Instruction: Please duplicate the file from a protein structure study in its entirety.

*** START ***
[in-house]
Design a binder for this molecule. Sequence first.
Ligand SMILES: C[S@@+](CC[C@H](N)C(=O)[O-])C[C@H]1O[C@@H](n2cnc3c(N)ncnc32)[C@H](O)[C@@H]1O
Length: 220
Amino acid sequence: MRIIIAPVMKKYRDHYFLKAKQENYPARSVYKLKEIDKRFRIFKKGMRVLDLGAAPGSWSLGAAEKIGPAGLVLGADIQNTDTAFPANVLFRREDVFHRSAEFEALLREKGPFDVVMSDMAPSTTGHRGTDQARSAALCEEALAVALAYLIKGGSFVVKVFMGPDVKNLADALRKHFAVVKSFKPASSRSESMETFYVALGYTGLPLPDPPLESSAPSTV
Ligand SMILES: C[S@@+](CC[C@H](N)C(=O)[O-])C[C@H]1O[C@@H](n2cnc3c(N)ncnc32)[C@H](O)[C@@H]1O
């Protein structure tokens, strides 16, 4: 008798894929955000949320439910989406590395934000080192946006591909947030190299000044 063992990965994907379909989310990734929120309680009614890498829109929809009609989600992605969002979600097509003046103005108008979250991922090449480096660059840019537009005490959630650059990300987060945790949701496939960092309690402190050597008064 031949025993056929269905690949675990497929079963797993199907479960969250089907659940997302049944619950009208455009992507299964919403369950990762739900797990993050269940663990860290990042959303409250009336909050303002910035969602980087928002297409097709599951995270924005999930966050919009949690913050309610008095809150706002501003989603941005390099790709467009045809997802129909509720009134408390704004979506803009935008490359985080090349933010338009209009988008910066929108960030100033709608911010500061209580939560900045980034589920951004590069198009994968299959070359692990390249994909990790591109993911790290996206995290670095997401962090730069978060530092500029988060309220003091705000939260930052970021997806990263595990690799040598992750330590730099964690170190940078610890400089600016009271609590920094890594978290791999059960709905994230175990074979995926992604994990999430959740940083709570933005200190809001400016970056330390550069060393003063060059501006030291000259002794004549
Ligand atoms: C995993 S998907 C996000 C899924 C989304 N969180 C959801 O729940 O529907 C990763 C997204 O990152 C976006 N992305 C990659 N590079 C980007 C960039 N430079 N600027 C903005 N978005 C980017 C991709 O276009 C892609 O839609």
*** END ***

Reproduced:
[in-house]
Design a binder for this molecule. Sequence first.
Ligand SMILES: C[S@@+](CC[C@H](N)C(=O)[O-])C[C@H]1O[C@@H](n2cnc3c(N)ncnc32)[C@H](O)[C@@H]1O
Length: 220
Amino acid sequence: MRIIIAPVMKKYRDHYFLKAKQENYPARSVYKLKEIDKRFRIFKKGMRVLDLGAAPGSWSLGAAEKIGPAGLVLGADIQNTDTAFPANVLFRREDVFHRSAEFEALLREKGPFDVVMSDMAPSTTGHRGTDQARSAALCEEALAVALAYLIKGGSFVVKVFMGPDVKNLADALRKHFAVVKSFKPASSRSESMETFYVALGYTGLPLPDPPLESSAPSTV
Ligand SMILES: C[S@@+](CC[C@H](N)C(=O)[O-])C[C@H]1O[C@@H](n2cnc3c(N)ncnc32)[C@H](O)[C@@H]1O
């Protein structure tokens, strides 16, 4: 008798894929955000949320439910989406590395934000080192946006591909947030190299000044 063992990965994907379909989310990734929120309680009614890498829109929809009609989600992605969002979600097509003046103005108008979250991922090449480096660059840019537009005490959630650059990300987060945790949701496939960092309690402190050597008064 031949025993056929269905690949675990497929079963797993199907479960969250089907659940997302049944619950009208455009992507299964919403369950990762739900797990993050269940663990860290990042959303409250009336909050303002910035969602980087928002297409097709599951995270924005999930966050919009949690913050309610008095809150706002501003989603941005390099790709467009045809997802129909509720009134408390704004979506803009935008490359985080090349933010338009209009988008910066929108960030100033709608911010500061209580939560900045980034589920951004590069198009994968299959070359692990390249994909990790591109993911790290996206995290670095997401962090730069978060530092500029988060309220003091705000939260930052970021997806990263595990690799040598992750330590730099964690170190940078610890400089600016009271609590920094890594978290791999059960709905994230175990074979995926992604994990999430959740940083709570933005200190809001400016970056330390550069060393003063060059501006030291000259002794004549
Ligand atoms: C995993 S998907 C996000 C899924 C989304 N969180 C959801 O729940 O529907 C990763 C997204 O990152 C976006 N992305 C990659 N590079 C980007 C960039 N430079 N600027 C903005 N978005 C980017 C991709 O276009 C892609 O839609």